Travertines Of Pamukkale and Hierapolis

Travertines Of Pamukkale and Hierapolis

What is Pamukkale? Pamukkale, meaning “cotton castle” in Turkish, literally looks like.. well, a cotton castle. Formed by a carbonate mineral left by the flowing water, Pamukkale is a series of white travertine terraced pools nestled into the hillside. People don’t seem to be completely certain as to how Pamukkale was actually created however.

At the top of Pamukkale is the incredible ancient Greco-Roman city of Hierapolis, chosen to sit atop the “cotton castle” with an abundance of hot springs.

Today, Pamukkale is an UNESCO World Heritage site and you can visit both here and Hierapolis for one ticket price.

The Ancient City Of Hierapolis
Hierapolis was an important religious and cultural site for the ancient civilizations in southwestern Turkey. Experts believe the area was a cult center dedicated to Cybele before the first Greek colony was founded in the area—the first known settlements in Hierapolis date back to the Iron Age.

A Phrygian temple of the mother Goddess Cybele was built in the 7th century BCE. Although the local communities used the temple to worship their gods, once the Greeks arrived, the local culture and religious cults were assimilated into the Greek ones. Under the Phrygian rule, the area was associated with the underworld; this association continued during the subsequent Greek and Roman periods. Greeks associated the temple of Hierapolis with Hades, or Pluton, in Roman mythology.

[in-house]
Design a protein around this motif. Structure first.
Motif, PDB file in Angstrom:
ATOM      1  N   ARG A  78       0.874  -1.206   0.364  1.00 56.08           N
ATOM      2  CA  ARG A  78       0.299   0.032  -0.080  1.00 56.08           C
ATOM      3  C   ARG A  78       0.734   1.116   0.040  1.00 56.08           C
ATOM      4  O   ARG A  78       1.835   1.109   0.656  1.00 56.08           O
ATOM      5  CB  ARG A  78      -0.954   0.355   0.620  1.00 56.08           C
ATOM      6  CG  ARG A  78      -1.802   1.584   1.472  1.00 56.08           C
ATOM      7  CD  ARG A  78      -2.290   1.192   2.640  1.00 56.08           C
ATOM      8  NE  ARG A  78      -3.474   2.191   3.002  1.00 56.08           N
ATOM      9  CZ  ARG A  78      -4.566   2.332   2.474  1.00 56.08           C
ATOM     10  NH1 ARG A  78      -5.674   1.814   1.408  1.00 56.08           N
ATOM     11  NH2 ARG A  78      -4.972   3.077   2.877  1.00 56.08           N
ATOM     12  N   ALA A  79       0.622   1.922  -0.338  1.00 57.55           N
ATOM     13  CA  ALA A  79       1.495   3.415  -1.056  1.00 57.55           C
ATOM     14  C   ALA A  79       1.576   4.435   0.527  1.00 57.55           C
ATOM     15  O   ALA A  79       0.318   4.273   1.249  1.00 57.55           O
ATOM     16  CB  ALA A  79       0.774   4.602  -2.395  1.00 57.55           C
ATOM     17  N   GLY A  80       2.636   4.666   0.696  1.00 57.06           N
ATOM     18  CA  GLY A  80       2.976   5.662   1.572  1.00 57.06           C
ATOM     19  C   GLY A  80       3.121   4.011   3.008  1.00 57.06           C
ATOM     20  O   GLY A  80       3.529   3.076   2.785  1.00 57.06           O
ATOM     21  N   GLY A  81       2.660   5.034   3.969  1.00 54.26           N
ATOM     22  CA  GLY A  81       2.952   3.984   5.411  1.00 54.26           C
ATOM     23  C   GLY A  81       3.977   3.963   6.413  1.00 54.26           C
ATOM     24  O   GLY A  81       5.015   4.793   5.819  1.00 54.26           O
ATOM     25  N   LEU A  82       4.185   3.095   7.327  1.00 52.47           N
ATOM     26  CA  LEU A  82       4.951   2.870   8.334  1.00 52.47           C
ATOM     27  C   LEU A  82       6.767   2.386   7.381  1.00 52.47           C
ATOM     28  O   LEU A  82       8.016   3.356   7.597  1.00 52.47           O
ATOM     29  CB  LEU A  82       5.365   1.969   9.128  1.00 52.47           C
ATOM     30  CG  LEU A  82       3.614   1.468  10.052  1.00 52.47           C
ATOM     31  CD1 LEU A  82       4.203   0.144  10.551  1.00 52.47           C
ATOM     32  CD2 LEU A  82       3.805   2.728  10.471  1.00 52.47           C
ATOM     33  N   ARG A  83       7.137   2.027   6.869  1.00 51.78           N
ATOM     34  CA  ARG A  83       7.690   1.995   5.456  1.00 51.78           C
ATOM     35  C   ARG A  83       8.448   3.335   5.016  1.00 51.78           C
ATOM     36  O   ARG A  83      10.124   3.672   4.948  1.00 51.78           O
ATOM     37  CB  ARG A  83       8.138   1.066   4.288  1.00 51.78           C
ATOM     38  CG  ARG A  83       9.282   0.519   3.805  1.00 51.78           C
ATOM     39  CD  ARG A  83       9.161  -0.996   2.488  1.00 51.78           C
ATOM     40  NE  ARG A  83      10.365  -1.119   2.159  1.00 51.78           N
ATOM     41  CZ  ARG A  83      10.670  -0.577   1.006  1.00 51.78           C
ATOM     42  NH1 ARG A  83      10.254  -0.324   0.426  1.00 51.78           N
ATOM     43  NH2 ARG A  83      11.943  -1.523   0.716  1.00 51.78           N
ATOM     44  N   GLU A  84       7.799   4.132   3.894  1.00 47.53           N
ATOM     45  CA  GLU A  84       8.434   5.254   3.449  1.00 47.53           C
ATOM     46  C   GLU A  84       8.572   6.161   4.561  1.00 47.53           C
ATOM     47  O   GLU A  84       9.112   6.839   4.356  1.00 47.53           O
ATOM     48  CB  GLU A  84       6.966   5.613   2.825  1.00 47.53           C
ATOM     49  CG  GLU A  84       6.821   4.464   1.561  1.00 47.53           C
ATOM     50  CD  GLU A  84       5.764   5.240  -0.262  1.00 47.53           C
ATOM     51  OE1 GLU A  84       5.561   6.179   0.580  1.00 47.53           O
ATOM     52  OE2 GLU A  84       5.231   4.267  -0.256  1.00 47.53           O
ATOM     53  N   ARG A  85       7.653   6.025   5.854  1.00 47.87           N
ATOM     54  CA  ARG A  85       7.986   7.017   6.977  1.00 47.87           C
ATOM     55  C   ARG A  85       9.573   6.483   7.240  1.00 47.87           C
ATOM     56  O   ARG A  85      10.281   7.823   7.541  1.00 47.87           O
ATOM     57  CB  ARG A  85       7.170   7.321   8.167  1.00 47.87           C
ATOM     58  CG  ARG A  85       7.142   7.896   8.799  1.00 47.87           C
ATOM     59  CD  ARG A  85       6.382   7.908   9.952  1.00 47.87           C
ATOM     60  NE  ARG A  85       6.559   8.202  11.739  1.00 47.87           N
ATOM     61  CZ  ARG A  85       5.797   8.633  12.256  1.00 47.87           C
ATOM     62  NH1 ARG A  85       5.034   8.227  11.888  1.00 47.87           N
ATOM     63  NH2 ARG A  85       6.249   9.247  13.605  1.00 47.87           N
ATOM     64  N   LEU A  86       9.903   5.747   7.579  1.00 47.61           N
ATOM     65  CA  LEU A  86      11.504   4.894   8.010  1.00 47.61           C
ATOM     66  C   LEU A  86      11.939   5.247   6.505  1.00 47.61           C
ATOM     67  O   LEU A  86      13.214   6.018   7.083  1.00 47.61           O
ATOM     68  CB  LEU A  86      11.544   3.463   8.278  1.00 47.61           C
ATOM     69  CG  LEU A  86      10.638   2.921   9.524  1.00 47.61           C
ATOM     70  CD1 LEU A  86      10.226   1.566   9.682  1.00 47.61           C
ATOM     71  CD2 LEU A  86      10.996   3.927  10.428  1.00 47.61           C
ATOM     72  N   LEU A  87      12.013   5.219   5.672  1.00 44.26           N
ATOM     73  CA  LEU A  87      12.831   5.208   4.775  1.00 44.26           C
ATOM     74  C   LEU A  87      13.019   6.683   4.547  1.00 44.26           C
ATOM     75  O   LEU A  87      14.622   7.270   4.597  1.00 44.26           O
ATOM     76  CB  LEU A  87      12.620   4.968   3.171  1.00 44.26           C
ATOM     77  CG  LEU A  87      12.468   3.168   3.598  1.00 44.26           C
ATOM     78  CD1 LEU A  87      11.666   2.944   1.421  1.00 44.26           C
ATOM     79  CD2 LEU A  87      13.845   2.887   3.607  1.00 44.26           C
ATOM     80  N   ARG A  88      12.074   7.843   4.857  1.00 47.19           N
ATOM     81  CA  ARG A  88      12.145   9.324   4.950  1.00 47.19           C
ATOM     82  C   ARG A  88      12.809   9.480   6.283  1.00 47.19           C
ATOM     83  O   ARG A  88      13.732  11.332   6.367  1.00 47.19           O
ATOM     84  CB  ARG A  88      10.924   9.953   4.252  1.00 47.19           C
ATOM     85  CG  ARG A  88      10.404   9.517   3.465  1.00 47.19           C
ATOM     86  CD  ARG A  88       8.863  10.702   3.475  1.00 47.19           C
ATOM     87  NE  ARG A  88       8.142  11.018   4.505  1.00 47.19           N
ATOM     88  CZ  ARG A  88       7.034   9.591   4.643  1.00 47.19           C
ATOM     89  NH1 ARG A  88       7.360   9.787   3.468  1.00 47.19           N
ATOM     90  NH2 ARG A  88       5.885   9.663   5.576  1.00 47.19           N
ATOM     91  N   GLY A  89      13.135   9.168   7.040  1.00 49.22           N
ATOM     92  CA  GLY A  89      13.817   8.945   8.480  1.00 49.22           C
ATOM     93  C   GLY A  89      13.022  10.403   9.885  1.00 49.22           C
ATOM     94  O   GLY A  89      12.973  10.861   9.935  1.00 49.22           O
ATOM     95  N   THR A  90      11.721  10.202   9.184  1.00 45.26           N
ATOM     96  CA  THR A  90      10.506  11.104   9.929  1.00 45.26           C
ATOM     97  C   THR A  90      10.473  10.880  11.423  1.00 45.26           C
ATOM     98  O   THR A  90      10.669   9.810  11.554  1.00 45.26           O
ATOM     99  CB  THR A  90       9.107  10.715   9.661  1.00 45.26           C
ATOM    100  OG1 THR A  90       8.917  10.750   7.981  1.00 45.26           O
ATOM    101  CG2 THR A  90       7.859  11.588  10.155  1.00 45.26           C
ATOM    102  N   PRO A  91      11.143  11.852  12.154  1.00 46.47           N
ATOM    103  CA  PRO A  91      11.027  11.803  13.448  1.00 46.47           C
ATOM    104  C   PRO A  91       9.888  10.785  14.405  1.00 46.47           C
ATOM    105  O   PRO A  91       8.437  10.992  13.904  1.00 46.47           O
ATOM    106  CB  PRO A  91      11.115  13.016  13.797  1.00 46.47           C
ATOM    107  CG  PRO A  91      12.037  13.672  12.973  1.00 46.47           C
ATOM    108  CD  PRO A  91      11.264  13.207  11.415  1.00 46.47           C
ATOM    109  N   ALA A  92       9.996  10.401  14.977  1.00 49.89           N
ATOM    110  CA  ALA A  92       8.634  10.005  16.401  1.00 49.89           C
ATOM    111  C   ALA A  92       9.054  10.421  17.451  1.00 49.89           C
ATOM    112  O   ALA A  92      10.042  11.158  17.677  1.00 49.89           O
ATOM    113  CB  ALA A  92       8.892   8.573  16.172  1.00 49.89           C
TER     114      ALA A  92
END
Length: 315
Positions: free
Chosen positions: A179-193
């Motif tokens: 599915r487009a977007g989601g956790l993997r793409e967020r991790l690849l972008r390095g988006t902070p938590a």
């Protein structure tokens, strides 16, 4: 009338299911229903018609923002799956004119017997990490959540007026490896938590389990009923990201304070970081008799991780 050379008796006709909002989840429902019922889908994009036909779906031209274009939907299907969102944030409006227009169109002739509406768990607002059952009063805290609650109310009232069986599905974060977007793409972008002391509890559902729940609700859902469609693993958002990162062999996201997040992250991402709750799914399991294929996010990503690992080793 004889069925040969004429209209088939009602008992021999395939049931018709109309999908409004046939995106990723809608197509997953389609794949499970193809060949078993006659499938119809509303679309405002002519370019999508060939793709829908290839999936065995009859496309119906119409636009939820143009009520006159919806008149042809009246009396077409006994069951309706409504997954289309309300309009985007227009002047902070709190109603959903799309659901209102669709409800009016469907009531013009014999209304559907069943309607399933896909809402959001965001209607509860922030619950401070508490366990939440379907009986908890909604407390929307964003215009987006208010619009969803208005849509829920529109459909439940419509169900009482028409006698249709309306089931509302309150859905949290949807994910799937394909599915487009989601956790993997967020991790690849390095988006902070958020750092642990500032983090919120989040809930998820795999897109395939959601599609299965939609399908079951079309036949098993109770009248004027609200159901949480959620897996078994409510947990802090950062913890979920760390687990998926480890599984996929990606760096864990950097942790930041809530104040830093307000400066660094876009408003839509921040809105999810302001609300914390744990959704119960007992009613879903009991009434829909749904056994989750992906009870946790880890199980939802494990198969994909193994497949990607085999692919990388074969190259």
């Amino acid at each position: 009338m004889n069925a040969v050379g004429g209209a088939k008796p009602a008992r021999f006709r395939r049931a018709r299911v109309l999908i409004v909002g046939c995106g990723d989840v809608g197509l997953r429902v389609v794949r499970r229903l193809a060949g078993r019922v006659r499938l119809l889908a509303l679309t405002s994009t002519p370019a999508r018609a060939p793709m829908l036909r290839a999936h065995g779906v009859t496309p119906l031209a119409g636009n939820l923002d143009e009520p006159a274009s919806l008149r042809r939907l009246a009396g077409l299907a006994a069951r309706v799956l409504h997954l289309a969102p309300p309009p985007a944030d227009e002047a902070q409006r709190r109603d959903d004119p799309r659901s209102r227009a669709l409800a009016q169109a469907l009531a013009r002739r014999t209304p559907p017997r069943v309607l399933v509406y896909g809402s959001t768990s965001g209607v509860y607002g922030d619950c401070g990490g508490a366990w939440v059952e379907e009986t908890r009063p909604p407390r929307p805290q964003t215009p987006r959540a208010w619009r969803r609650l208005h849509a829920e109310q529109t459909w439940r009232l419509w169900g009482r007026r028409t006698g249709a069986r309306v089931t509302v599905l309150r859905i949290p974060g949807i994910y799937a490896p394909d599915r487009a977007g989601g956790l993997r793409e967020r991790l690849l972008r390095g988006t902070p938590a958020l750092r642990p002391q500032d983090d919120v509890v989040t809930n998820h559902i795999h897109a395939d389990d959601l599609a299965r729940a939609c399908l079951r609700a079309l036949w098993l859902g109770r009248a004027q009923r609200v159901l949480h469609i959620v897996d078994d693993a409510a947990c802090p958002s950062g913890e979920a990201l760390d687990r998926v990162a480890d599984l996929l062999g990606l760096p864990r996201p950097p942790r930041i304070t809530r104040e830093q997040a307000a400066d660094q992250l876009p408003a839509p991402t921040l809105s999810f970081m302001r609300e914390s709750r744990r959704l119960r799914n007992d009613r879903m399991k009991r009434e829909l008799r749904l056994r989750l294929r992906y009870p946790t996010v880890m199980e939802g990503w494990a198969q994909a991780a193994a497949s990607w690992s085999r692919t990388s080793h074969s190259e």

The settlement in the area became a city under the Seleucid Empire in the 2nd century BCE. Emperor Antiochus the Great populated the area with 2,000 Jewish families, which caused a mass migration of Jews to Hierapolis.

During the first century CE, the area rapidly converted to Christianity, and a church was founded in Hierapolis. However, this era was also marked by major earthquakes, the last of which occurred in 60 CE and destroyed the entirety of Hierapolis. Nevertheless, the city was rebuilt later.

Until the 12th century, the city was ruled by the Byzantine Empire and was an important religious center with numerous basilicas and the tomb of Paul the Apostle. In the early 12th century, Seljuk Turks briefly controlled Hierapolis and fell to the Crusaders in 1190. A short time after the Crusaders conquered the area, Hierapolis was abandoned.


Situated above the Pamukkale white travertine pools is one particularly spectacular location fed by the same hot springs. Here you can bath in the same waters in which Cleopatra once swam! A professionally run modern spa facility allows you to enjoy these historical healing waters.
Unlike the white water of the lower pools the Antique Pool favored by Cleopatra, Queen of Egypt, is pure clear warm water. Once it was surmounted by a Roman Temple to Apollo with ornate roof held up with Doric columns. Imagine how Cleopatra must have experienced this when you imagine it in it’s glory day.

Cleopatra’s Antique Pool

Pamukkale Tour with Hot Air Balloon